Applying the SVM on the data
Linear Support Vector Machine

Before going into model, lets tune the cost Parameter

``````set.seed(1234)
liner.tune=tune.svm(is_attributed~.,data=smote_train,kernel="linear",cost=c
(0.1,0.5,1,5,10,50))
liner.tune``````

cross validation method

Lets see how our Linear model works

Lets get a best.liner model

``best.linear=liner.tune\$best.model``

#Predict data

``````best.test=predict(best.linear,newdata=test_val,type="class")
confusionMatrix(best.test,test_val\$is_attributed)``````

The Kernel Trick – Radial Support vector Machine

``````set.seed(1234)
seq(0.1,5))
summary(rd.poly)``````

Lets predict the test data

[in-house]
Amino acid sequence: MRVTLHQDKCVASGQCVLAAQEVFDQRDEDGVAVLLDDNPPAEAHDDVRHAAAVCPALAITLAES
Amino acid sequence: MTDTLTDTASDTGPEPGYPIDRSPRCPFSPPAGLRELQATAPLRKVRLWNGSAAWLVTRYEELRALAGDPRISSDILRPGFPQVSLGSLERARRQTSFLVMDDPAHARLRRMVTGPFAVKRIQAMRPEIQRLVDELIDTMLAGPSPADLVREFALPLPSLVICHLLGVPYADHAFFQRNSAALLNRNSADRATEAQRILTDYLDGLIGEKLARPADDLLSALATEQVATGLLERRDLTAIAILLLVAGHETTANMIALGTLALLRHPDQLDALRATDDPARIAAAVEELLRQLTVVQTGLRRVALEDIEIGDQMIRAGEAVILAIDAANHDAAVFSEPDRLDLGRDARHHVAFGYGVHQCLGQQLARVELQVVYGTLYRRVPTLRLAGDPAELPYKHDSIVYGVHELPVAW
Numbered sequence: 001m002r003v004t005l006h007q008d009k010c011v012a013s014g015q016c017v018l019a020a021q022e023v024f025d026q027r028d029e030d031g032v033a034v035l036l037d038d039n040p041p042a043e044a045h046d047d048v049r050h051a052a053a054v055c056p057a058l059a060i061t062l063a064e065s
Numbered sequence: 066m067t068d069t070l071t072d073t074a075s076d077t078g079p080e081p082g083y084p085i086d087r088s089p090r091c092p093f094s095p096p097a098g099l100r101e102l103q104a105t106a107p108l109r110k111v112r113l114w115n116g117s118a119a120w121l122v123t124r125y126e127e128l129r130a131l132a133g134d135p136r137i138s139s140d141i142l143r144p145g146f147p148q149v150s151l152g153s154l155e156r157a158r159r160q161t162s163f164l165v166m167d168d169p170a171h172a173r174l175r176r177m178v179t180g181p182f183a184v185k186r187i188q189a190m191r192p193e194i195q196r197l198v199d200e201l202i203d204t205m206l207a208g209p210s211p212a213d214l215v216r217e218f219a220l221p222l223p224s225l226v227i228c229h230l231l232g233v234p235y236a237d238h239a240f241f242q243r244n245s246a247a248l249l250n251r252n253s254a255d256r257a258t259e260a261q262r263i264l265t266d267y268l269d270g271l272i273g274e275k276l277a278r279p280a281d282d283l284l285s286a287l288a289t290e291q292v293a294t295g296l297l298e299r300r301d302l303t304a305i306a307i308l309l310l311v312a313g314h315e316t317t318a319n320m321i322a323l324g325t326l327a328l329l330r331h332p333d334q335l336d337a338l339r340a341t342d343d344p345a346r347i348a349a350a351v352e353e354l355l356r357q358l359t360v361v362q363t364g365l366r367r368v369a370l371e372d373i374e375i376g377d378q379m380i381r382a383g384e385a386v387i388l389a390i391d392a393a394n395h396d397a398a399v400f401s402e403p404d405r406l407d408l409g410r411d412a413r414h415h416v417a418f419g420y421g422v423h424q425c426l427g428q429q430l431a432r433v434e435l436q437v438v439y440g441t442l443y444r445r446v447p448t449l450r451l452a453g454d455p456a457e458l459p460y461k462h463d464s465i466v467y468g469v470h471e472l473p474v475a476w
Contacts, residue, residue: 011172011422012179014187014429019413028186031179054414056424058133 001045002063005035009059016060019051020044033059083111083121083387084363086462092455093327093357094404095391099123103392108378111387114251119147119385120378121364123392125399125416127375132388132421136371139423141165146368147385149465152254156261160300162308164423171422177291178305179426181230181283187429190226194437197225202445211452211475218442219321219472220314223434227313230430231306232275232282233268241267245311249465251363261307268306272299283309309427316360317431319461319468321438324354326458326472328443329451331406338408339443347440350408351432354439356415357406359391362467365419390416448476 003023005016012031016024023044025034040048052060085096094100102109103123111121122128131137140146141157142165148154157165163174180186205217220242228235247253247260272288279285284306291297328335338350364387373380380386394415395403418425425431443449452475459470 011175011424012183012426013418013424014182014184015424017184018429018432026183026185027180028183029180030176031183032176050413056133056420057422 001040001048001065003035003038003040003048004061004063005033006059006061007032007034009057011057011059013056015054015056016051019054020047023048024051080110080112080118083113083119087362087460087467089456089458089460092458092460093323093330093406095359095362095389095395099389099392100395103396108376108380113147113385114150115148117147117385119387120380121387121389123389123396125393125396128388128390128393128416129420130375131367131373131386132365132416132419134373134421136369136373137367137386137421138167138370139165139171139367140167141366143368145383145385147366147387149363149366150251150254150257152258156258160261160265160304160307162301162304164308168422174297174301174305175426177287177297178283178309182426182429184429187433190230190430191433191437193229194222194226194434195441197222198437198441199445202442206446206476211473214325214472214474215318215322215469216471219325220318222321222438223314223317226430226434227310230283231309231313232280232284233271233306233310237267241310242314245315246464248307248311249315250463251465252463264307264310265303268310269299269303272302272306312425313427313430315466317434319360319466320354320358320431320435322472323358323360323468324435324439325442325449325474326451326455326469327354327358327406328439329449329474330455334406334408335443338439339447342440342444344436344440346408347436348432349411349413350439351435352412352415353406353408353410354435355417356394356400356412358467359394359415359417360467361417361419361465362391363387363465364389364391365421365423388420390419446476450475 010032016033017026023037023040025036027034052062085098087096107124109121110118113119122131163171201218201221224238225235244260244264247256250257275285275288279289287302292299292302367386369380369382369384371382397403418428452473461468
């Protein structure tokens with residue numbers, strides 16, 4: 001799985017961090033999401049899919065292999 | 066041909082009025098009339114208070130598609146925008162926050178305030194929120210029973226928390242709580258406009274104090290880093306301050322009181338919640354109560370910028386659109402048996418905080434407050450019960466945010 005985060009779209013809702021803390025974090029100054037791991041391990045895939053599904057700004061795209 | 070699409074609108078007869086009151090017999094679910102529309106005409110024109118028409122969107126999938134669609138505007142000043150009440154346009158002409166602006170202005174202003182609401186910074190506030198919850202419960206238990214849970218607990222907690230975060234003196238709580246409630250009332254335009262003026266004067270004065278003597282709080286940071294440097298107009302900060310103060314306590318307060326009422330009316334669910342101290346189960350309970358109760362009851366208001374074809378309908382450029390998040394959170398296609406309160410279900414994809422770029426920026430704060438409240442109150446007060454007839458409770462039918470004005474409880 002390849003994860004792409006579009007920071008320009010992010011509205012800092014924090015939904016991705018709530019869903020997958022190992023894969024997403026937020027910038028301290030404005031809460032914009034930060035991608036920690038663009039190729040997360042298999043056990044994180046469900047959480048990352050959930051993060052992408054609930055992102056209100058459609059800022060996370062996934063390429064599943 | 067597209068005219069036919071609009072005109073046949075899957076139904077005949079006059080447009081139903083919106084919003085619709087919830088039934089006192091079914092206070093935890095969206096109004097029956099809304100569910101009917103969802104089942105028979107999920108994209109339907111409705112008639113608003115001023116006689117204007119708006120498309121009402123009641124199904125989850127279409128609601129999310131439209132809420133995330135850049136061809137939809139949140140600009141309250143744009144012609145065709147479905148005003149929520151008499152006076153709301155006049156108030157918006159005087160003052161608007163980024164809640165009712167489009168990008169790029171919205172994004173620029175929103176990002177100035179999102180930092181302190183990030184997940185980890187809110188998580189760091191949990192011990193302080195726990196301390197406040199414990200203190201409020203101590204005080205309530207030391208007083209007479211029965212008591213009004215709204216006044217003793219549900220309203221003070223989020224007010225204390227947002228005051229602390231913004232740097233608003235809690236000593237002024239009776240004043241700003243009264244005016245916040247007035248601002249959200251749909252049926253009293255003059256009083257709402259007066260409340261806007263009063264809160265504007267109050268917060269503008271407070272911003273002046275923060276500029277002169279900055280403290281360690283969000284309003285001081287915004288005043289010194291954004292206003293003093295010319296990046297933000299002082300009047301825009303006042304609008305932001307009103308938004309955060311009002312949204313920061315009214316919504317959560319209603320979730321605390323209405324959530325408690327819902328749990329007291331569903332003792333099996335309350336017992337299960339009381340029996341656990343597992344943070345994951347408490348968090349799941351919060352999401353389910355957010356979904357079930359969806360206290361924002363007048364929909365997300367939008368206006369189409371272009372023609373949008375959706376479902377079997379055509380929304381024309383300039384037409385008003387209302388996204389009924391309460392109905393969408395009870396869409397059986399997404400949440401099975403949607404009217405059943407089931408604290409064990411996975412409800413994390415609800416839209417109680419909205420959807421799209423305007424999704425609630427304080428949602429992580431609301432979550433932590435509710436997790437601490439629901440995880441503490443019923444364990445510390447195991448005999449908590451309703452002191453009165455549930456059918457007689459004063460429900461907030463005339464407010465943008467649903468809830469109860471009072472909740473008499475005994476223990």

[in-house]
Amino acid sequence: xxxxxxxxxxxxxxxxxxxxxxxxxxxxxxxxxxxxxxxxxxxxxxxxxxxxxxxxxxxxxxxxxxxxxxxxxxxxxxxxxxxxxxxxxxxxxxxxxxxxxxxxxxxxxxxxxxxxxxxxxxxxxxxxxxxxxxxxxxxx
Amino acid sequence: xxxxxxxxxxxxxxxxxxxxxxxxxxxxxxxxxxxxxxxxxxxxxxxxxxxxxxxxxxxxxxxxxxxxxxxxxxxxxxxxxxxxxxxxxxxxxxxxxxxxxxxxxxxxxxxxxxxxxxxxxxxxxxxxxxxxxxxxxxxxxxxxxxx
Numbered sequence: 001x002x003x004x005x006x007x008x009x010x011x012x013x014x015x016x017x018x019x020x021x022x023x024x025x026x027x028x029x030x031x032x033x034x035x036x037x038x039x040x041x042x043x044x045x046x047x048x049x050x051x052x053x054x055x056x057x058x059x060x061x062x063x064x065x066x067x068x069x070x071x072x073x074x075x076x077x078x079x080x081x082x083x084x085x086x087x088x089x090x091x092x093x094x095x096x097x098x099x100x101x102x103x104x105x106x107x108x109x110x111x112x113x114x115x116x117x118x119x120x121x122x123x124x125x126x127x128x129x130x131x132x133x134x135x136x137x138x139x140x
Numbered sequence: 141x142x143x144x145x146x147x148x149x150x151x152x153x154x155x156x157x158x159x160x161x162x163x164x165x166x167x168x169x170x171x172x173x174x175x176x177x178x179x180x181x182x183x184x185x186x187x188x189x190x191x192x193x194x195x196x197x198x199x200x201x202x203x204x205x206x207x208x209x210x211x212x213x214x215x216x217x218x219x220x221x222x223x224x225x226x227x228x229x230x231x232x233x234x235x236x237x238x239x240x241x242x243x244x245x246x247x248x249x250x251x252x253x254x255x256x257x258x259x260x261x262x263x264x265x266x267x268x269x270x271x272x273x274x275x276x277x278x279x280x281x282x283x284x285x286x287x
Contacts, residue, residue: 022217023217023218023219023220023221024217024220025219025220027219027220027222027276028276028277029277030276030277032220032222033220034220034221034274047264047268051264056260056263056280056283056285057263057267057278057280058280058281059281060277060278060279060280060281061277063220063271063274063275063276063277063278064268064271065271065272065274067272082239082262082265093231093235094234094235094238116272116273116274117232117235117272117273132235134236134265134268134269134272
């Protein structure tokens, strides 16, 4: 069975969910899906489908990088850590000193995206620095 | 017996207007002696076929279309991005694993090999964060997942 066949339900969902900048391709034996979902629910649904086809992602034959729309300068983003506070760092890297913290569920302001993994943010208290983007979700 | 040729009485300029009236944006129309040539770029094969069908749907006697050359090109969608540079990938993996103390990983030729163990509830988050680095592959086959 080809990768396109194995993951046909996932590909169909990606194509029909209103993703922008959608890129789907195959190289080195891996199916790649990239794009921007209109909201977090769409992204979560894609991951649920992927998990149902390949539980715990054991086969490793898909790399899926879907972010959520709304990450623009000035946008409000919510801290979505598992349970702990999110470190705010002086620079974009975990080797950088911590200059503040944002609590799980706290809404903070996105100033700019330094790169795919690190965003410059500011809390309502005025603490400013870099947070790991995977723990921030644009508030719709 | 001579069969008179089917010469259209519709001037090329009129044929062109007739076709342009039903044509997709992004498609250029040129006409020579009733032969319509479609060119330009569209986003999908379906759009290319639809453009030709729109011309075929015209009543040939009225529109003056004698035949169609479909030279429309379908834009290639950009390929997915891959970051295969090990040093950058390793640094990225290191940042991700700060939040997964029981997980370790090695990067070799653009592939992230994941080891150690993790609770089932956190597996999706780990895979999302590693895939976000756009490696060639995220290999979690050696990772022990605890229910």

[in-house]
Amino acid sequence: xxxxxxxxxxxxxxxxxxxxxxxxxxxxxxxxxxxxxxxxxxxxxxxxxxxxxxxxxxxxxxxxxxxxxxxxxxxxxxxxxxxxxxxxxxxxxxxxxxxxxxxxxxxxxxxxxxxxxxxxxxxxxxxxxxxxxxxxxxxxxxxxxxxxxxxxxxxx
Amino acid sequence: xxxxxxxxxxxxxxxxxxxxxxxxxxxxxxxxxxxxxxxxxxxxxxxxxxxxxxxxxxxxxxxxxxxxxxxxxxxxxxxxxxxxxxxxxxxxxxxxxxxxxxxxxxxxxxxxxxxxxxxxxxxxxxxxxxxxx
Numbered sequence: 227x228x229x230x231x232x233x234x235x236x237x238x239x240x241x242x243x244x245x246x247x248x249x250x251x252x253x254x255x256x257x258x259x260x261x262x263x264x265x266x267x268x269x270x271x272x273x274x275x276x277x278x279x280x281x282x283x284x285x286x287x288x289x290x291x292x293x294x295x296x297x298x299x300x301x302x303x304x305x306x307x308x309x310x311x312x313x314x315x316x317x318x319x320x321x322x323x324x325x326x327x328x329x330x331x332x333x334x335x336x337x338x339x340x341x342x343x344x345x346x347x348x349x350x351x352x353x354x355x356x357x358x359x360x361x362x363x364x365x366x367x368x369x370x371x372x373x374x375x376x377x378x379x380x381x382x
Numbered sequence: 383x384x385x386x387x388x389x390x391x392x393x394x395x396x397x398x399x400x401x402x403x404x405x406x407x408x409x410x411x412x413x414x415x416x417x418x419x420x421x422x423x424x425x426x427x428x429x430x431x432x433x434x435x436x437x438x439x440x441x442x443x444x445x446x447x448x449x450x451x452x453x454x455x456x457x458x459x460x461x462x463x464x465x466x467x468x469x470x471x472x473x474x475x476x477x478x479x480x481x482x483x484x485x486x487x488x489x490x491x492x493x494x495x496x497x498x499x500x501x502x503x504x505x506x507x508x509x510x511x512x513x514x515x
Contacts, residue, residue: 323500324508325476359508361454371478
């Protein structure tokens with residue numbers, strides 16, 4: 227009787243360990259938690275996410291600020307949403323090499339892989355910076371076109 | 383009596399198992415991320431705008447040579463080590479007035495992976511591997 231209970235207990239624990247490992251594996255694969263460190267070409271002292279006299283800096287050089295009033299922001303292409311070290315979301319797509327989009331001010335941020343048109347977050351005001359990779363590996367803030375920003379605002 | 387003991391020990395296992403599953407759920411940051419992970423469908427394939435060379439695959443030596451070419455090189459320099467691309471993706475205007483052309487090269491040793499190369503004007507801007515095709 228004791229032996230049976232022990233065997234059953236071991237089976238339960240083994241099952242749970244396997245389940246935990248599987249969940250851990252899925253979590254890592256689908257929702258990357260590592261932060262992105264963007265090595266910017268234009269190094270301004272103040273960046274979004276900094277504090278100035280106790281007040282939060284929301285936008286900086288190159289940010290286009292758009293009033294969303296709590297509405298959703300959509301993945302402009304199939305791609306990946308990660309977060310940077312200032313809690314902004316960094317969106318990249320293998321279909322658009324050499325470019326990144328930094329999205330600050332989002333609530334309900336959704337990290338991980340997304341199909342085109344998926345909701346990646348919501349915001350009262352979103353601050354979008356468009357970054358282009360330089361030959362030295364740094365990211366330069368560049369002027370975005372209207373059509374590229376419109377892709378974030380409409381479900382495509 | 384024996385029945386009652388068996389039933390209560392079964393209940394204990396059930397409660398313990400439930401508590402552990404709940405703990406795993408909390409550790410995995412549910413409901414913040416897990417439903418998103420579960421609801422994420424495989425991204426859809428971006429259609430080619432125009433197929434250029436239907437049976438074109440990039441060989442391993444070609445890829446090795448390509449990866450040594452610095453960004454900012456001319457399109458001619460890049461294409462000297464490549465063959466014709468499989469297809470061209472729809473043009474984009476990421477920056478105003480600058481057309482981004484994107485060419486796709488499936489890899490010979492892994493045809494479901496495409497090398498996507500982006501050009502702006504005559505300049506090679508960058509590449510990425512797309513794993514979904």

``````best.rd=rd.poly\$best.model
pre.rd=predict(best.rd,newdata = test_val)
confusionMatrix(pre.rd,test_val\$is_attributed)``````

3. Write down the step by step classification of naïve bayes classification in R.

The step by step classification of naïve bayes classification in R are as Follows:

1. Load the necessary libraries, such as the “e1071” library for the Naive Bayes classifier.
2. Prepare the data for the model. This includes splitting the data into a training and test set, and converting any categorical variables into factors.
3. Train the model by fitting the training data to the Naive Bayes classifier.
4. Use the trained model to predict the class of the test data.
5. Evaluate the performance of the model by comparing the predicted class to the actual class of the test data. This can be done using metrics such as accuracy, precision, and recall.
6. Repeat steps 3-5 for different input data and/or different model parameters to find the best model for the given data.